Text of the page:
It was only in the sixteenth century that Derbyshire acquired its own homegrown power base rather than the Crown or the Earls of Shrewsbury who owned land to the north including Sheffield Castle. I’m taking the opportunity provided by snow drifts and gales to cement my understanding of that power base’s affinity of kinship.

bessofhardwickIn 1547, at Bradgate in Leicestershire, Bess of Hardwick as she would become known married Sir William Cavendish.  Cavendish was the younger son of a Suffolk family but had gained a foothold in the household of Cardinal Wolsey thanks to the support of his older brother George who remained a loyal servant of the cardinal’s throughout Wolsey’s life. In 1529 when Wolsey had fallen from favour Thomas had gone into Thomas Cromwell’s service putting him nicely in place as an auditor for the Court of Augmentations to profit from the dissolution of the monasteries.

250px-william_cavendish_c1547Like Bess, who was his third wife, Thomas had an eye for a bargain.  The pair soon started to build up a property portfolio.  Bess’s mother wrote to her telling her of bargains to be had in Derbyshire. Bess would marry twice more after her husband’s death in 1557 first to Sir William St Loe and then to George Talbot, 6th Earl of Shrewsbury but she would have no more children.  She ensured all her children made good marriages – a dynasty had been founded.

Frances Cavendish (1548- 1632) – Frances married Sir Henry Pierrepoint from Nottinghamshire.  He was did what gentry did in those days.  He was a justice of the peace and a member of parliament.  He and his wife had three children.  Their eldest son would marry into the Talbot family and Frances’ grandson would become Marquis of  Dorchester.  The family would go on to spawn the Dukes of Kingston-Upon-Hull.  Frances’ youngest daughter, Grace, would marry Sir George Manners – making her the mother of the 8th Earl of Rutland.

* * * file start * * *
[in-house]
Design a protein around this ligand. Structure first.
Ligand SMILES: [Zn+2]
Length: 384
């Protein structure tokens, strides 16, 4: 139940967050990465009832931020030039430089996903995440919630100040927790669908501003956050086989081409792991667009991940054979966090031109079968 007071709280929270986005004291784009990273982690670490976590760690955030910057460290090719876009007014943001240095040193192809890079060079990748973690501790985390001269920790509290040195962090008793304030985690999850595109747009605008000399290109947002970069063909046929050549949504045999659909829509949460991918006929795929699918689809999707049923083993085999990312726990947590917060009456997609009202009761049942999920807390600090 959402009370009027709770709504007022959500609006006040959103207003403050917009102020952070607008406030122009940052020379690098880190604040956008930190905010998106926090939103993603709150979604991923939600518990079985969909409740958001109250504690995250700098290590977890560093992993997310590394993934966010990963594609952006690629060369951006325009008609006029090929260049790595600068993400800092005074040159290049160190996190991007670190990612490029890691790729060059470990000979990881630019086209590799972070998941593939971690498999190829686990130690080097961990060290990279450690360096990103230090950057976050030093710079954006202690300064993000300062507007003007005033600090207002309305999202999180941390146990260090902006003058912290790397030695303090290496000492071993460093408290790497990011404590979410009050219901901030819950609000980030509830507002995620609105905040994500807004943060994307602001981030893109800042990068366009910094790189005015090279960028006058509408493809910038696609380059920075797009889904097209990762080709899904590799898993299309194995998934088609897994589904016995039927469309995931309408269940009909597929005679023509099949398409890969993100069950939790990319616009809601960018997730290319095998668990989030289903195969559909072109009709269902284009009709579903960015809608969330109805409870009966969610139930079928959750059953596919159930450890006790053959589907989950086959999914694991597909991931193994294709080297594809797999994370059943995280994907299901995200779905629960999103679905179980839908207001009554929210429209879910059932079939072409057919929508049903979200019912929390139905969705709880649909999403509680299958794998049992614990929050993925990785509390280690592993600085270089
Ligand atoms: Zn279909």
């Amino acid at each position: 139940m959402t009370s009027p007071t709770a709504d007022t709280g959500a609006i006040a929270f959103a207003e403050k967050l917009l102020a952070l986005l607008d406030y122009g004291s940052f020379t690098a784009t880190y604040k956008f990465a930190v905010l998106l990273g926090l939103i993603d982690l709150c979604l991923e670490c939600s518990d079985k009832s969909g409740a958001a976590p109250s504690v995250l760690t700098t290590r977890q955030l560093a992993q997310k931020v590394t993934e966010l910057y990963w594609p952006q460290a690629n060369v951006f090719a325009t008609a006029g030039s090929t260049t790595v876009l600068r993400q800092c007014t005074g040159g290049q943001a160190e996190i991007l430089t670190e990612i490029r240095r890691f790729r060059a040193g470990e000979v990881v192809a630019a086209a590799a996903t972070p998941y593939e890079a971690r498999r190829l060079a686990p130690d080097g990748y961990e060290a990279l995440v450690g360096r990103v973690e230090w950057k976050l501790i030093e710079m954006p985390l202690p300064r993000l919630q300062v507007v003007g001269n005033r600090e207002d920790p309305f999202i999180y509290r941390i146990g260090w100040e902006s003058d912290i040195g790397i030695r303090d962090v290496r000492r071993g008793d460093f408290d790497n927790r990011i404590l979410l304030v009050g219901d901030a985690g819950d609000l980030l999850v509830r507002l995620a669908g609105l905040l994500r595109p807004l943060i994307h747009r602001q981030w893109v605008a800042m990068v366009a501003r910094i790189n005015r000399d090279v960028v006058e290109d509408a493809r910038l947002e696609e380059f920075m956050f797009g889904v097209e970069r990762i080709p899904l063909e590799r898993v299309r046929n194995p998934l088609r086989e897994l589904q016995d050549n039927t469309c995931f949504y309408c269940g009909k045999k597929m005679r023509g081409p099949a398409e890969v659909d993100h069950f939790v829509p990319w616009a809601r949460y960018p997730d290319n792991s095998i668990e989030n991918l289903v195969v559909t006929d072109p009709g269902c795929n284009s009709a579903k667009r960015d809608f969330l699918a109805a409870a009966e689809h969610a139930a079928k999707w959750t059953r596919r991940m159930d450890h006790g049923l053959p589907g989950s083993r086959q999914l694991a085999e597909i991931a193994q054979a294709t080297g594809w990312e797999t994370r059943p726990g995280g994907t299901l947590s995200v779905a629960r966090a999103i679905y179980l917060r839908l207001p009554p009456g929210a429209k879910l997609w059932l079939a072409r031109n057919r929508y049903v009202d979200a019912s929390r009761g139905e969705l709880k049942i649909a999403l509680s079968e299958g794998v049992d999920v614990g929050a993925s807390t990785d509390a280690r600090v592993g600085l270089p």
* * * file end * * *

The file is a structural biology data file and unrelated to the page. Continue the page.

henrycavendish1549.jpgHenry Cavendish (1550 – 1616) was married off to Grace Talbot as part of Bess and the Earl of Shrewsbury’s marriage agreement.  As the eldest son he should have inherited Chatsworth but he managed to get into Bess’s bad-books and got himself disinherited.  He didn’t have any legitimate off spring.  It should be noted that he actually did inherit Chatsworth but sold it to his brother.  One of his illegitimate sons, also called Henry, founded the Cavendish of Doveridge line.

William_Cavendish,_1st_Earl_of_Devonshire.jpgWilliam Cavendish (1552 – 1626) started off having the kind of career that readers of this blog might expect of a scion of the gentry.  He was an MP and a justice.  He was also the Sheriff of Derbyshire.  He became a baron in 1605 thanks to his niece Arbella Stuart who presents this case to her cousin King James I. After his mother’s death he became very wealthy and together with his court connections was able to gain the title Earl of Devonshire.  It is reported that he paid James I £10,000 for the privilege.  I shall be coming back to William tomorrow. I find that I need an understanding of who is who in the Devonshire fold – as someone said to me recently – it’s impossible to escape the Devonshires in Derbyshire and whilst on one hand the fact that quite a lot of them are called William means that I can get away with a lot its an aristocratic skein that I need to untangle.